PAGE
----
We are near that time of year again when we take a day to remember the many men and women who have sacrificed so much, and continue to do so, so that we may live the way we have always known.
Taking a day out of our lives to focus on Veterans is the least we can do because without all they have done for us, Hockey and most of what we enjoy would not exist.
A day hardly seems enough, and every year people appear to recognize the sacrifice of military personnel a bit more, and want to do more for them, which is a good thing. But the focus always seems to be on long term goals or initiatives that would require government assistance, generally things that would be difficult to accomplish on our own.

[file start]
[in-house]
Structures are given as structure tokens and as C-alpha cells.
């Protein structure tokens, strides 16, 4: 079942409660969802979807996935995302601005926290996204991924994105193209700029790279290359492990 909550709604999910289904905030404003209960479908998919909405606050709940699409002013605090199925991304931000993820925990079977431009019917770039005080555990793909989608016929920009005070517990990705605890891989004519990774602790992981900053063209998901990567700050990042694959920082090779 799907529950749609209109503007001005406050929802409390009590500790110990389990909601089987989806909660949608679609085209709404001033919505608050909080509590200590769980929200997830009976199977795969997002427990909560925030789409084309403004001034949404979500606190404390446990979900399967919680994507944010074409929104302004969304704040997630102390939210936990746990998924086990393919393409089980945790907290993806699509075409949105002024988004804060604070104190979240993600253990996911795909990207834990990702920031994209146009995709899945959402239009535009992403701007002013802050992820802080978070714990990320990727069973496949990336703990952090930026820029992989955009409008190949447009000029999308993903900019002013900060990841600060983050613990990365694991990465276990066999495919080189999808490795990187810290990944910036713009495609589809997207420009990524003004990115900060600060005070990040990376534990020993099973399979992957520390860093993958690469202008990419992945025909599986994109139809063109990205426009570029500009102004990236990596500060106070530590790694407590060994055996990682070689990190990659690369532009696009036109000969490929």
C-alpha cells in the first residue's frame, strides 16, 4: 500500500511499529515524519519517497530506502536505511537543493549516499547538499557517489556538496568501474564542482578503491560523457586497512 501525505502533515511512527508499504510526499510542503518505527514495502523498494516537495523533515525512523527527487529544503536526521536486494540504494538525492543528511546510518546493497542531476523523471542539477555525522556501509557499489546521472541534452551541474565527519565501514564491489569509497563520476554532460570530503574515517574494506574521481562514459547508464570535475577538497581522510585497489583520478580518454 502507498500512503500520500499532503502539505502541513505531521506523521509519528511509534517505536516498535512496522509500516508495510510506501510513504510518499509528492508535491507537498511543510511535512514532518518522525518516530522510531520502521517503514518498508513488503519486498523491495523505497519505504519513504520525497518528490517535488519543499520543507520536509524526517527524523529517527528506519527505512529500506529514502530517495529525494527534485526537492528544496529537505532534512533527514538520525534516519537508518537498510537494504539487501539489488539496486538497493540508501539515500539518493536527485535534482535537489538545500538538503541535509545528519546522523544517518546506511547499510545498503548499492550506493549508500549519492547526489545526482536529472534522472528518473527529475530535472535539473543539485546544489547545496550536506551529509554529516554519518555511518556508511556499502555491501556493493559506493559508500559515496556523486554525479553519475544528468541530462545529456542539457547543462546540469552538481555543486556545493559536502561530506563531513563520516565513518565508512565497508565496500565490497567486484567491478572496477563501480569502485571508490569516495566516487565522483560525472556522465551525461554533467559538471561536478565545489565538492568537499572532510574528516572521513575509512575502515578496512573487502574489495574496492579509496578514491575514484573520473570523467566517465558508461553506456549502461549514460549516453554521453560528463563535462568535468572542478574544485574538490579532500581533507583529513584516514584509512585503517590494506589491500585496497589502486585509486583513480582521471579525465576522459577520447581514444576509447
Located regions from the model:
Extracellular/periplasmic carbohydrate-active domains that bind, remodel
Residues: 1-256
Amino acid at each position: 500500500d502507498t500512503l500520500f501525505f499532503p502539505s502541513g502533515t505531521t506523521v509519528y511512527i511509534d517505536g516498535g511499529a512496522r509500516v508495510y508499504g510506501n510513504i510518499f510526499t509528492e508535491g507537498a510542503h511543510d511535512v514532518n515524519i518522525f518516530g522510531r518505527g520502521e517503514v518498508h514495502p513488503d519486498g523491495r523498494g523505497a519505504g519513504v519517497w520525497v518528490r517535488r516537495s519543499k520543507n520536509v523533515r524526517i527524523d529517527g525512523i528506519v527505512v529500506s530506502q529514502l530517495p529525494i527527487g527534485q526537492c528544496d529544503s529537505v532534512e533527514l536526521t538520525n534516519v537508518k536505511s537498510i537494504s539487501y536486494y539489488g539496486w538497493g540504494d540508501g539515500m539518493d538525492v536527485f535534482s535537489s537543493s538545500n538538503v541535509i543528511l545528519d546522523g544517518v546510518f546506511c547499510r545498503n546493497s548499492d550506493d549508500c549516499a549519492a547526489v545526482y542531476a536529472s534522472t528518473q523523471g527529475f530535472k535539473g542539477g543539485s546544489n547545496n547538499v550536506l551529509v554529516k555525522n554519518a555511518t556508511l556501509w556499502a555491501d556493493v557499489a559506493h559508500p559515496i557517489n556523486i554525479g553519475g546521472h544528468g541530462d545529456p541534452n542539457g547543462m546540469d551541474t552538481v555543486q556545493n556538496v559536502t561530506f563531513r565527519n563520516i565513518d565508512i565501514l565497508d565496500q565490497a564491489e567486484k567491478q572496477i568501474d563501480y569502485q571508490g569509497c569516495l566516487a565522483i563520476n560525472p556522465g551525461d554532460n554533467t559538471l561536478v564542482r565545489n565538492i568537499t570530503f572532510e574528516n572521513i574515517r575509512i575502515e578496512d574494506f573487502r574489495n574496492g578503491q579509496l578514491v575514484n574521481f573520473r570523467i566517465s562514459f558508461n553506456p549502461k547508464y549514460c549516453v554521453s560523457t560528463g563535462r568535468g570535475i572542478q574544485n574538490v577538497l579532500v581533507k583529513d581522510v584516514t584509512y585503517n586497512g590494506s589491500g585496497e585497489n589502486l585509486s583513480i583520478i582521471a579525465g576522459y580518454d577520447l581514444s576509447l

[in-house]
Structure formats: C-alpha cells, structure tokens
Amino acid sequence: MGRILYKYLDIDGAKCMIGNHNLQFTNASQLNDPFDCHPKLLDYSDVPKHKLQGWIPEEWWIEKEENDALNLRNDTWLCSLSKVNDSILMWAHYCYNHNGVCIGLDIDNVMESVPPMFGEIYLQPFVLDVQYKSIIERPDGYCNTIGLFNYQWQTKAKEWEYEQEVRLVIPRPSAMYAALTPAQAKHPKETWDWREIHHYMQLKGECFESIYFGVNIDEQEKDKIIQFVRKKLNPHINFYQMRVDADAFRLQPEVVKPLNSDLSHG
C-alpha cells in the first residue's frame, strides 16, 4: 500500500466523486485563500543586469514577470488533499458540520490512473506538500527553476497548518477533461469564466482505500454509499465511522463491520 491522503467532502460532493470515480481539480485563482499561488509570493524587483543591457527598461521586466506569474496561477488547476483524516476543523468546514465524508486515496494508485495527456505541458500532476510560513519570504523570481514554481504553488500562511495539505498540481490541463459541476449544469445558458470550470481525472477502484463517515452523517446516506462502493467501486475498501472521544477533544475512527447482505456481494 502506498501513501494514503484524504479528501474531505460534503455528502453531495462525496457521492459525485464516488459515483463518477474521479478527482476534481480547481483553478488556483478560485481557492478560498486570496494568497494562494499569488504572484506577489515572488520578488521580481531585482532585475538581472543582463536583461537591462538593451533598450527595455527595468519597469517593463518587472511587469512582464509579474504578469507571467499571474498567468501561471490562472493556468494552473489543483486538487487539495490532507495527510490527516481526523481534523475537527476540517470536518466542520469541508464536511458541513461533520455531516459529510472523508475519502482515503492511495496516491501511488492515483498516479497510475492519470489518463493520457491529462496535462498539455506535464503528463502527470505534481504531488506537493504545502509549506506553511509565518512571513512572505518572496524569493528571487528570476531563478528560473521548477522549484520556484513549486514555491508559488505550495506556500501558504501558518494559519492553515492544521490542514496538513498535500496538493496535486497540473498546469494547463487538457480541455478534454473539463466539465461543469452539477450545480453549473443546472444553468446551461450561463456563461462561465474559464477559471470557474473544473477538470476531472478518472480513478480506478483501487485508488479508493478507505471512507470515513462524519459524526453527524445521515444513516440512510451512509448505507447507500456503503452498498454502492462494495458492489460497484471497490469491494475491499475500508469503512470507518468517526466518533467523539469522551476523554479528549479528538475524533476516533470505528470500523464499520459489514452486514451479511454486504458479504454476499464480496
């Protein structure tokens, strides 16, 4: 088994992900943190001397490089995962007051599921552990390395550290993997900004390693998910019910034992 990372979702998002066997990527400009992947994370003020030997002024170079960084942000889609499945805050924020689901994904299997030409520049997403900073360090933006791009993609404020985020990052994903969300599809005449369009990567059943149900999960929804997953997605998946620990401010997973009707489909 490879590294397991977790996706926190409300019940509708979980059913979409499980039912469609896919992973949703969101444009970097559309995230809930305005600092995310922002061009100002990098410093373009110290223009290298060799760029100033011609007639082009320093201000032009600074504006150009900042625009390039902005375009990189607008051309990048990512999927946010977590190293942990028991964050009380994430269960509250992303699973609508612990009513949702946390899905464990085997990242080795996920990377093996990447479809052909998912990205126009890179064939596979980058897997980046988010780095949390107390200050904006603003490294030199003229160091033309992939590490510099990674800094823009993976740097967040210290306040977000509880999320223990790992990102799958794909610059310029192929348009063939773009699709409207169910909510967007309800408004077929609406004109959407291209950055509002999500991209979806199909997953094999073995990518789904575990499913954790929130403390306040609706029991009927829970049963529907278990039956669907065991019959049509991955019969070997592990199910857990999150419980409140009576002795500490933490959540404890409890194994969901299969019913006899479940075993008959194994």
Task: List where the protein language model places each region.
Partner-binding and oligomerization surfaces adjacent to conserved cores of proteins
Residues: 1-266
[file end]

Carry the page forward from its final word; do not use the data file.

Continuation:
I would like to do more too, and in fact, there is something we can do as individuals that may
not be flashy but I believe is significant and would have immediate impact.
We could band together as a society and stop referring to sporting events, in this particular case hockey, as War.
It seems impossible to go a week without a commentator, sportscaster or media person using the war analogy to describe a hockey game. This game will be a war, that series will be a war, etc. etc.
No, it won’t.
And the comparison is so ridiculous it’s hard to believe it’s ever been used in the first place.
Wars are fought against someone or something that can kill you, so if that is a possible result, only then should a relationship to war be inferred. We fight wars against diseases like Cancer, MS, and AIDS every day, to name but a few. These can and will kill you if we don’t find cures, so yes, a war ensues against these foes.